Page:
• Too Good to Beaver?

    Doubling during the game was introduced into backgammon in 1926 on the playboy circuit of France although automatic doubles (doubling the stakes if both players roll the same starting number) had probably been around for a few years before that.

    The method of recording the value of the game at any one point varied until 1930 when the doubling cube was introduced. I have (I believe) one of the only two sets of backgammon matches (made of ivory) that were used for recording purposes before the advent of the doubling cube.

    The advent of doubling and the introduction of the chouette around the same time generated a huge increase of interest in backgammon and the game flourished until the start of the Great Depression in 1929. A large number of books were published in the years 1928-1930. Needless to say, none of them had anything really useful to say about doubling, which was very little understood, and was basically a gambling mechanism which was in accord with the mood of the time.

    To the best of knowledge nobody wrote down the basic concept of the 25% take point until the “The Backgammon Book” by Jacoby and Crawford was published in 1970. Pip counts scarcely get a mention until that point in time. The Backgammon Book also has the first mention of the term “Beaver”. If you believe you have been incorrectly doubled, you can “beaver” the double by doubling the stakes once more but you keep the cube on your side of the board.

    The concept of beavering a beaver (a raccoon) and beavering a raccoon (an aardvark) came later and there is no record of when these additional furry animals were added to the game. Beavers are often played in money games (never in tournaments), raccoons rarely and aardvarks hardly ever.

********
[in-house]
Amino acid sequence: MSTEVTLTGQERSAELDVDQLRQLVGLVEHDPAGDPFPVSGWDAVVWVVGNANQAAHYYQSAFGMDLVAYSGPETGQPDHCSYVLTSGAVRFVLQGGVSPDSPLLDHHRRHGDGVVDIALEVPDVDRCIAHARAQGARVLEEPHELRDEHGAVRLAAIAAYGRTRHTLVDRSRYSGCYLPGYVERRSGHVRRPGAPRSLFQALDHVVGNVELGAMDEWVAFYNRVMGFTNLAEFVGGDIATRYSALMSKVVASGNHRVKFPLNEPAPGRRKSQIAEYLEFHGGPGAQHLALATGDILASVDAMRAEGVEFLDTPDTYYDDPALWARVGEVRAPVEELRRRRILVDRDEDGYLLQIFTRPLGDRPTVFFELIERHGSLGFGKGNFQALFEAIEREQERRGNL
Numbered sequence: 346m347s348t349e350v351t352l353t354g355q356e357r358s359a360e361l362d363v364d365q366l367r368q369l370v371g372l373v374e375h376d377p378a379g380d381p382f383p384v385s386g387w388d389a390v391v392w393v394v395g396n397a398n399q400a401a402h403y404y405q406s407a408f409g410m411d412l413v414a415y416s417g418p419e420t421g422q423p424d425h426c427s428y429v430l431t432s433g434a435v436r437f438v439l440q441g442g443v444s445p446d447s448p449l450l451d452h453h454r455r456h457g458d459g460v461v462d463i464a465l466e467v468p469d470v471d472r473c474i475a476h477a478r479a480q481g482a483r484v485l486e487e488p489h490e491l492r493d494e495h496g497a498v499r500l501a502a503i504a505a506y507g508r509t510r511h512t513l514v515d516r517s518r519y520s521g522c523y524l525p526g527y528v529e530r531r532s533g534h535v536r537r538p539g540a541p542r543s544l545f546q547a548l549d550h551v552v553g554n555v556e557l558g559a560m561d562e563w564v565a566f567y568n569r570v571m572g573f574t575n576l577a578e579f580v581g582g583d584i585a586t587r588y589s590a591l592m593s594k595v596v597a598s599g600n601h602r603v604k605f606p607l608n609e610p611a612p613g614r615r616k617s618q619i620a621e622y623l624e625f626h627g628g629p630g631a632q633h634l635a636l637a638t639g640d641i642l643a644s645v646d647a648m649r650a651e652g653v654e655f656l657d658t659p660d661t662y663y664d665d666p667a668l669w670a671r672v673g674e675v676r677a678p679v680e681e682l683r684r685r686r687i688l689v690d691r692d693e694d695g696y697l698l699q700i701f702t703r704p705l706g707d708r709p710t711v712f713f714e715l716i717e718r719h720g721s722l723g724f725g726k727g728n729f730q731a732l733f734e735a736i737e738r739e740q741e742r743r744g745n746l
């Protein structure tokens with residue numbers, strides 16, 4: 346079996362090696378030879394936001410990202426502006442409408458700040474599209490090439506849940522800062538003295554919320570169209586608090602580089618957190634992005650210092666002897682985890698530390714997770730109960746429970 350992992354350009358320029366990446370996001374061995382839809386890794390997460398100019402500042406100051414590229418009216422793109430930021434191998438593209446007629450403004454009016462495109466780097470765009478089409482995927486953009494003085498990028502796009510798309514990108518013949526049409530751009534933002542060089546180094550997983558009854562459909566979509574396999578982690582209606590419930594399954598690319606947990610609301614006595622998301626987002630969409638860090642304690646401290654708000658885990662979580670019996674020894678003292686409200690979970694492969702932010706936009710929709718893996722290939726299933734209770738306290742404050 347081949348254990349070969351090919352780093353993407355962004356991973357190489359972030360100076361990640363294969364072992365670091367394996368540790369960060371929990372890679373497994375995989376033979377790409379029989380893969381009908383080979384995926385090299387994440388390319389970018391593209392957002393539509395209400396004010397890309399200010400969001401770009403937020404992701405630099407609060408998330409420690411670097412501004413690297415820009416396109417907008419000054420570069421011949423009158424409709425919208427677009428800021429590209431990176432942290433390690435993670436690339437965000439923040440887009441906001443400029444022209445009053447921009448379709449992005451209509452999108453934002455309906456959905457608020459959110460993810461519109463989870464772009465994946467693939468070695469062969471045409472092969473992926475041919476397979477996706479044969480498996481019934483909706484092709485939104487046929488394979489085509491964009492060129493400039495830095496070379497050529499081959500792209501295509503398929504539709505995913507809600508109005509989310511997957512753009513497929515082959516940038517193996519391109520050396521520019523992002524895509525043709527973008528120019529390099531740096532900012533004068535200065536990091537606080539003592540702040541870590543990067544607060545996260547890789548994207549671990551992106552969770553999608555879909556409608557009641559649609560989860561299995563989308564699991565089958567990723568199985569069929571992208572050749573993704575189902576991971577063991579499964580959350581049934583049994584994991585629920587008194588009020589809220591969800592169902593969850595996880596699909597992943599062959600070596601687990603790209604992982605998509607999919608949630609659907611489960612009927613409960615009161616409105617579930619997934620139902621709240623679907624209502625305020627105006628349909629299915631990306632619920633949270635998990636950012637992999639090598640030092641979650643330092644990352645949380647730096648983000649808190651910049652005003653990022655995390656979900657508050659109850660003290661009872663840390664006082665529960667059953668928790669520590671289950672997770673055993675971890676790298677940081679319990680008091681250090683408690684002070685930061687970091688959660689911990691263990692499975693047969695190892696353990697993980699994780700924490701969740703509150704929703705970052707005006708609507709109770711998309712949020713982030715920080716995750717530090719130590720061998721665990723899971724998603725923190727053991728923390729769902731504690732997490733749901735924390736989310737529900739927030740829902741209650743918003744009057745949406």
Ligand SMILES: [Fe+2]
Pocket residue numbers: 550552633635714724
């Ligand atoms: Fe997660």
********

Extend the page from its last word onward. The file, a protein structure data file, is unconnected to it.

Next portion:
Over the years I have seen some horrendous doubles which have been summarily dealt with by perfectly correct beavers. Note that the original doubler can drop the beaver if he realises his mistake. I thought I had seen it all until John Clark showed me this week’s position. Black is in the box, owning three cubes on 2 and White has just had to leave his last two checkers exposed. What happened next?

    You guessed it! Black (who must remain nameless) redoubled all three players to 4. Two merely accepted but the other player correctly beavered to 8 which Black promptly raccooned to 16 (in for a penny in for a pound).

    You may have also guessed by now that Black very unfairly went on to hit and close out the two White checkers and win the game.

    Not surprisingly XG rates the redouble as a x20 blunder. Given that Black loses a backgammon 42% of the time I am surprised it is not worse that that. In discussing the position with John he wondered if the original position was too good to beaver! In other words, if Black was beavered would he have an attack of common sense and drop the beaver?

    Given the individual involved John knew there was no chance of that actually happening, but it raises the interesting question of whether a position can actually be too good to beaver? I’ll leave you to think about that one.

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